Besides improving your heart health, consuming flaxseeds can also cause changes in the gut microbiota, boost metabolic health as well as protect against diet-induced obesity, finds a study.
Flaxseed is a fibre-rich plant that has been shown to improve cholesterol levels and inflammation in the colon. However, there is little research on how flaxseed fibre affects gut microbiota.
In the study, conducted on mice, those that received flaxseed supplements were more physically active and had less weight gain than those on other high-fat diet groups.
They also had better glucose control and levels of beneficial fatty acids.
The breakdown of dietary fibre in the gut — a process called fermentation — can produce favourable changes in the digestive system.
It can increase beneficial fatty acids, which may reduce the production of adipose tissue in the body and improve immune function, explained the researchers, in the study published in the American Journal of Physiology: Endocrinology and Metabolism.
"Our data suggest that flaxseed fibre supplementation affects host metabolism by increasing energy expenditure and reducing obesity as well as by improving glucose tolerance," said Fredrik Backhed from the University of Gothenburg in Sweden.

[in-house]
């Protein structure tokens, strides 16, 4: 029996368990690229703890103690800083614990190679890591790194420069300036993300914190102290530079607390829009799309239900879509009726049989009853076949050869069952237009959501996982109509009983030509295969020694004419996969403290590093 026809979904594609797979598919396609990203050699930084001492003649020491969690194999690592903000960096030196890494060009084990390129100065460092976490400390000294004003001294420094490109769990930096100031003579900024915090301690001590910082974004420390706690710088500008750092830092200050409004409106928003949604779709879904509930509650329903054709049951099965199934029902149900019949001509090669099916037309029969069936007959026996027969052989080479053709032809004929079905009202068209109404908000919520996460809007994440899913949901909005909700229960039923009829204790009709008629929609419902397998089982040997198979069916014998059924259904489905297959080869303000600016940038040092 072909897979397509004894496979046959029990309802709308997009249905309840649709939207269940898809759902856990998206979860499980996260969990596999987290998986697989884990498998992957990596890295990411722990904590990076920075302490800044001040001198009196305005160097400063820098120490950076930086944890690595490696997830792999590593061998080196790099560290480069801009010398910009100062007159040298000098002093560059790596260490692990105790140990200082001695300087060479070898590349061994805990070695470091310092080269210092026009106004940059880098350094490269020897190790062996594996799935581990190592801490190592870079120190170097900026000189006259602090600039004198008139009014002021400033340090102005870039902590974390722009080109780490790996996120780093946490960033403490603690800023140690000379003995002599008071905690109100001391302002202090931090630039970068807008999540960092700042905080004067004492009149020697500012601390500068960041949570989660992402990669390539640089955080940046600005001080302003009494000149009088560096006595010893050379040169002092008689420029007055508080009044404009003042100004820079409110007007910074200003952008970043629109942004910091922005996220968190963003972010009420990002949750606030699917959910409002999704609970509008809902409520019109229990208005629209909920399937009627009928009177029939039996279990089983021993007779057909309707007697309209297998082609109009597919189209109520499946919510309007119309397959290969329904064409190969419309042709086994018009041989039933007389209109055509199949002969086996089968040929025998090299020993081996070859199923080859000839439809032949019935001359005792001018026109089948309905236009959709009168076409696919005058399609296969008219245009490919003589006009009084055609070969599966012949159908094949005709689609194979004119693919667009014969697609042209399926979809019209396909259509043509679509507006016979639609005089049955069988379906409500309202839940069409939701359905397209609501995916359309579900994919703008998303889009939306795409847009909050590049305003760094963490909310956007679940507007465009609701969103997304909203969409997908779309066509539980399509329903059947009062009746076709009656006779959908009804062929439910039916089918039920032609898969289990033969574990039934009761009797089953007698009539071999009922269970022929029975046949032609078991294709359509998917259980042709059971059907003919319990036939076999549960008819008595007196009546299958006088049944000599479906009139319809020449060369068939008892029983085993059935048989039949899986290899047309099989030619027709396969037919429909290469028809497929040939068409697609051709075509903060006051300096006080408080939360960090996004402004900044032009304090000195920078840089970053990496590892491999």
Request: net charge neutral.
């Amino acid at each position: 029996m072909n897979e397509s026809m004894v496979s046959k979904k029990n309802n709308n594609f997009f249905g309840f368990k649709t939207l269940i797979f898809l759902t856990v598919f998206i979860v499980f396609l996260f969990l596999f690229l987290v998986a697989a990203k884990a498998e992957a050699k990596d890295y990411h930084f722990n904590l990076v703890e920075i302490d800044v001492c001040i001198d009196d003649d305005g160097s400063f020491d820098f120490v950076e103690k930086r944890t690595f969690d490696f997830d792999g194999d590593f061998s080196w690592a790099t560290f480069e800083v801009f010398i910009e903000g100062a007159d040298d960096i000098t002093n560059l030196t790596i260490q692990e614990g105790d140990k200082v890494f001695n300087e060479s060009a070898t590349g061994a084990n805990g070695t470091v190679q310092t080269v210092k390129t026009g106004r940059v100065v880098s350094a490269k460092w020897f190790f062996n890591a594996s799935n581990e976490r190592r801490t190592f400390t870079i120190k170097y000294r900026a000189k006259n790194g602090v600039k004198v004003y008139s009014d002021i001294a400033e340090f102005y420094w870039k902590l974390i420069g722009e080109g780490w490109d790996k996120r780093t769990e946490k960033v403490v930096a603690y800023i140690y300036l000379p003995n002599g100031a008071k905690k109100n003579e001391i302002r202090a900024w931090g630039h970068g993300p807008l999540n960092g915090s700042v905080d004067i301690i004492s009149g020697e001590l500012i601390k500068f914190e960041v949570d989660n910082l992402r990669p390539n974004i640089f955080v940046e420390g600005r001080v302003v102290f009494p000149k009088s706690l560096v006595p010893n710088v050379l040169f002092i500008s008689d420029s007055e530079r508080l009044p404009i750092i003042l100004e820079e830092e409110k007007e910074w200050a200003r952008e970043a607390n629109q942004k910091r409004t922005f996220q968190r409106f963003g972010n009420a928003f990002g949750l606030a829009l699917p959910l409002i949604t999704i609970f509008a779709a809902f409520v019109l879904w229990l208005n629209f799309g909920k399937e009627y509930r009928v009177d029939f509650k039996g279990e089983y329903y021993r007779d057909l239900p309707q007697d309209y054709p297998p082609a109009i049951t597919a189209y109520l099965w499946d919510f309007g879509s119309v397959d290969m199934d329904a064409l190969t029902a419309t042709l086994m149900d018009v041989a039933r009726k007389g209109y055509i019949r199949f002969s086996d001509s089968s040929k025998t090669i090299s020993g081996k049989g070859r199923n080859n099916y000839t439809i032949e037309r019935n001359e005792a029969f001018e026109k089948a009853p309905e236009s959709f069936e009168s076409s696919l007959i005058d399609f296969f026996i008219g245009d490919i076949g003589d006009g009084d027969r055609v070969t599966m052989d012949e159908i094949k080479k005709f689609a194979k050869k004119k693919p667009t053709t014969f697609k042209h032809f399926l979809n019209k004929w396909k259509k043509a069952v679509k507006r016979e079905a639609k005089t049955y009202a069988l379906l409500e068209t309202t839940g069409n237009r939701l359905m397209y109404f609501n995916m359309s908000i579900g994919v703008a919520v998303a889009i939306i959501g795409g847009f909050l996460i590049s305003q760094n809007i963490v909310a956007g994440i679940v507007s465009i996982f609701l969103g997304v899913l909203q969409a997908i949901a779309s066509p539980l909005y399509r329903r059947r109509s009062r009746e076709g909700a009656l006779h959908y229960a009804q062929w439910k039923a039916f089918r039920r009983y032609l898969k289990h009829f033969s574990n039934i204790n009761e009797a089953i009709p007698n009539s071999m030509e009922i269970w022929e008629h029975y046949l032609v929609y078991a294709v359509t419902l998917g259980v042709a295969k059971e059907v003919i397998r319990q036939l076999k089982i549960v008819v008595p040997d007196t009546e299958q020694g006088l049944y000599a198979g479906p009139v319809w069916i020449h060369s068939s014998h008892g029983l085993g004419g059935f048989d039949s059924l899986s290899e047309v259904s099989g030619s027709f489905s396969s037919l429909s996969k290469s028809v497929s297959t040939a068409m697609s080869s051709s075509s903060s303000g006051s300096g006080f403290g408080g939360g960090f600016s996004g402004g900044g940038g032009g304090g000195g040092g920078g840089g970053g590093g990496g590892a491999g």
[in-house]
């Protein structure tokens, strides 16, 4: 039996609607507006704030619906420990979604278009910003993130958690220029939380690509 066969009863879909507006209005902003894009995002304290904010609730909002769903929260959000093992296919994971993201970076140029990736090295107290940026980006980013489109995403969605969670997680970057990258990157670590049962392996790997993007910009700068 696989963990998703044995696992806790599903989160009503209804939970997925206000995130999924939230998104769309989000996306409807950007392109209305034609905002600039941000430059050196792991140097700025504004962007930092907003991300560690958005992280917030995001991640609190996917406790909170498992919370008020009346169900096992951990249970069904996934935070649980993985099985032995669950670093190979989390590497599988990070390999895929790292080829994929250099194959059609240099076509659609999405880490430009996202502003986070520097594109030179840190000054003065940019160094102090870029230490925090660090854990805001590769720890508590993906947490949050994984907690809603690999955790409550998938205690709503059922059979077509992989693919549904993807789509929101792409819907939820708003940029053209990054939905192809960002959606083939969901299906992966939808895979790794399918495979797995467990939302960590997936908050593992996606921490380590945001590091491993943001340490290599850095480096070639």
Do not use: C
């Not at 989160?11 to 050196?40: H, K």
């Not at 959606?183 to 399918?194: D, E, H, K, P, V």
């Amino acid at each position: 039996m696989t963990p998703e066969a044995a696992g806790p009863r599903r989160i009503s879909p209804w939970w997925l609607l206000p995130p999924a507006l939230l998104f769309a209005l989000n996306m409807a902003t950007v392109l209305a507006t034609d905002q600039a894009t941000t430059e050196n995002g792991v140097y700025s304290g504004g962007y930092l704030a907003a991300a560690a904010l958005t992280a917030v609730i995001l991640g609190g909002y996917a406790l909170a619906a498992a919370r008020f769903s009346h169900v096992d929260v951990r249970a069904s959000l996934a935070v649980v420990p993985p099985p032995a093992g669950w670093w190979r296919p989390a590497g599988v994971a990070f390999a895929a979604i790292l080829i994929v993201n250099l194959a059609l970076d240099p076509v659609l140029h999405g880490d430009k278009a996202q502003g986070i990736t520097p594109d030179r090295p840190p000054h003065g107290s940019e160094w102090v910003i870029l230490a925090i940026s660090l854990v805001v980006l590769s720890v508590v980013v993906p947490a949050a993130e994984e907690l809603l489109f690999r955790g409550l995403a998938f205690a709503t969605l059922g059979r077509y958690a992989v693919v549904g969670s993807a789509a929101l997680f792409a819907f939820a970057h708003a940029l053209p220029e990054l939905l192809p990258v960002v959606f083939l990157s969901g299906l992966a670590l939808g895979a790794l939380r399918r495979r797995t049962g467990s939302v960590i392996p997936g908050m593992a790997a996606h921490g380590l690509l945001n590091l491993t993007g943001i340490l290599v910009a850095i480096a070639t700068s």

For the study, the team studied mice assigned to four different diets for 12 weeks.
The high-fat group had fewer bacteria associated with improved metabolic health, lower levels of beneficial fatty acids and more of a bacterium linked to obesity when compared to the other groups.
Bacteria levels in both the cellulose and flaxseed groups returned to healthier levels when compared to the high-fat group.
The team also found evidence that the bacteria present ferment fibres from the thick, glue-like layer of the flaxseed shell.
The bacteria that perform fermentation then produce more beneficial fatty acids.
"Future research should be directed to understand relative contribution of the different microbes and delineate underlying mechanisms for how flaxseed fibres affect host metabolism," the researchers noted.